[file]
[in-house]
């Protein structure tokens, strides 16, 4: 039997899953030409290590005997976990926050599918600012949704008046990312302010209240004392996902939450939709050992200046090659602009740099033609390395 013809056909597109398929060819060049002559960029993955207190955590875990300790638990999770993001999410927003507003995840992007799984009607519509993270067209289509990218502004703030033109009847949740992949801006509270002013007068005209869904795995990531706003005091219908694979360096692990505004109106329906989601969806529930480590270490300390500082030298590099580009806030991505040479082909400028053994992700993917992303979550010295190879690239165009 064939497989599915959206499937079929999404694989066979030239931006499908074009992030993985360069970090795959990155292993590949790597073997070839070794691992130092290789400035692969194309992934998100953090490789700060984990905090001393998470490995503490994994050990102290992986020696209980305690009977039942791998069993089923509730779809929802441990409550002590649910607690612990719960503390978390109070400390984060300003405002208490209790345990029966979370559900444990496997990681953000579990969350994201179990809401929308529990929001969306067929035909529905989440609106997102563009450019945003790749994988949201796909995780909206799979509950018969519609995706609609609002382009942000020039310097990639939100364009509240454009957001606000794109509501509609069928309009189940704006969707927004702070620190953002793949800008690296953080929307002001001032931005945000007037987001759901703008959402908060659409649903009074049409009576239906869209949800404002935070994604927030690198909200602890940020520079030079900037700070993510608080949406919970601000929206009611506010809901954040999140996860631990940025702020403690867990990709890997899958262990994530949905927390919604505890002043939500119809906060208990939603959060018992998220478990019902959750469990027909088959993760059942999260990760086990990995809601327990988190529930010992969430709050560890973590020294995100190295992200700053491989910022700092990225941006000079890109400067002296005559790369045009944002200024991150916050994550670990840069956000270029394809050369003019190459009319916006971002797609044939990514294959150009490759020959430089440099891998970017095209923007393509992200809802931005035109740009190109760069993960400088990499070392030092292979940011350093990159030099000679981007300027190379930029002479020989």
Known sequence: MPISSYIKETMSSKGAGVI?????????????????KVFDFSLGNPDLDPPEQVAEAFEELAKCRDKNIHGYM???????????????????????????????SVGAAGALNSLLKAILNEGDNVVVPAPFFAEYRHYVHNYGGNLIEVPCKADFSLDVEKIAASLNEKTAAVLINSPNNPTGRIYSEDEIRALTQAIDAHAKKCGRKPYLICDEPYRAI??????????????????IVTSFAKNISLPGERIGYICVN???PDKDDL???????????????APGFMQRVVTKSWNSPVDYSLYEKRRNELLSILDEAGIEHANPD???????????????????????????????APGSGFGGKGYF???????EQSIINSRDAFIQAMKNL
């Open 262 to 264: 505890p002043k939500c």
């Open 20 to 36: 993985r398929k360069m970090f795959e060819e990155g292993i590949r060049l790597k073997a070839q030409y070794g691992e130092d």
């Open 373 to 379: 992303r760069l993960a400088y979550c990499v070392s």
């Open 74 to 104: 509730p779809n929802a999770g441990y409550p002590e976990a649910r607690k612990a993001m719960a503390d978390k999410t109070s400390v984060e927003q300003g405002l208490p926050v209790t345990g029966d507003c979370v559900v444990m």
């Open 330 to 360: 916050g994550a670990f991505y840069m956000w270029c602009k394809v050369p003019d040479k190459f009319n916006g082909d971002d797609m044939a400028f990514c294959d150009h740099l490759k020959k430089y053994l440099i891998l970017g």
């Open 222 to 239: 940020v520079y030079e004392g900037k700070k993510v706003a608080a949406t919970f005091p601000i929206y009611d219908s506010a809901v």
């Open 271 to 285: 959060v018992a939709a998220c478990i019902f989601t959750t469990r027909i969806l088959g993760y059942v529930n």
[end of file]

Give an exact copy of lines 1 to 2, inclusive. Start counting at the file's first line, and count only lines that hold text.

[in-house]
């Protein structure tokens, strides 16, 4: 039997899953030409290590005997976990926050599918600012949704008046990312302010209240004392996902939450939709050992200046090659602009740099033609390395 013809056909597109398929060819060049002559960029993955207190955590875990300790638990999770993001999410927003507003995840992007799984009607519509993270067209289509990218502004703030033109009847949740992949801006509270002013007068005209869904795995990531706003005091219908694979360096692990505004109106329906989601969806529930480590270490300390500082030298590099580009806030991505040479082909400028053994992700993917992303979550010295190879690239165009 064939497989599915959206499937079929999404694989066979030239931006499908074009992030993985360069970090795959990155292993590949790597073997070839070794691992130092290789400035692969194309992934998100953090490789700060984990905090001393998470490995503490994994050990102290992986020696209980305690009977039942791998069993089923509730779809929802441990409550002590649910607690612990719960503390978390109070400390984060300003405002208490209790345990029966979370559900444990496997990681953000579990969350994201179990809401929308529990929001969306067929035909529905989440609106997102563009450019945003790749994988949201796909995780909206799979509950018969519609995706609609609002382009942000020039310097990639939100364009509240454009957001606000794109509501509609069928309009189940704006969707927004702070620190953002793949800008690296953080929307002001001032931005945000007037987001759901703008959402908060659409649903009074049409009576239906869209949800404002935070994604927030690198909200602890940020520079030079900037700070993510608080949406919970601000929206009611506010809901954040999140996860631990940025702020403690867990990709890997899958262990994530949905927390919604505890002043939500119809906060208990939603959060018992998220478990019902959750469990027909088959993760059942999260990760086990990995809601327990988190529930010992969430709050560890973590020294995100190295992200700053491989910022700092990225941006000079890109400067002296005559790369045009944002200024991150916050994550670990840069956000270029394809050369003019190459009319916006971002797609044939990514294959150009490759020959430089440099891998970017095209923007393509992200809802931005035109740009190109760069993960400088990499070392030092292979940011350093990159030099000679981007300027190379930029002479020989």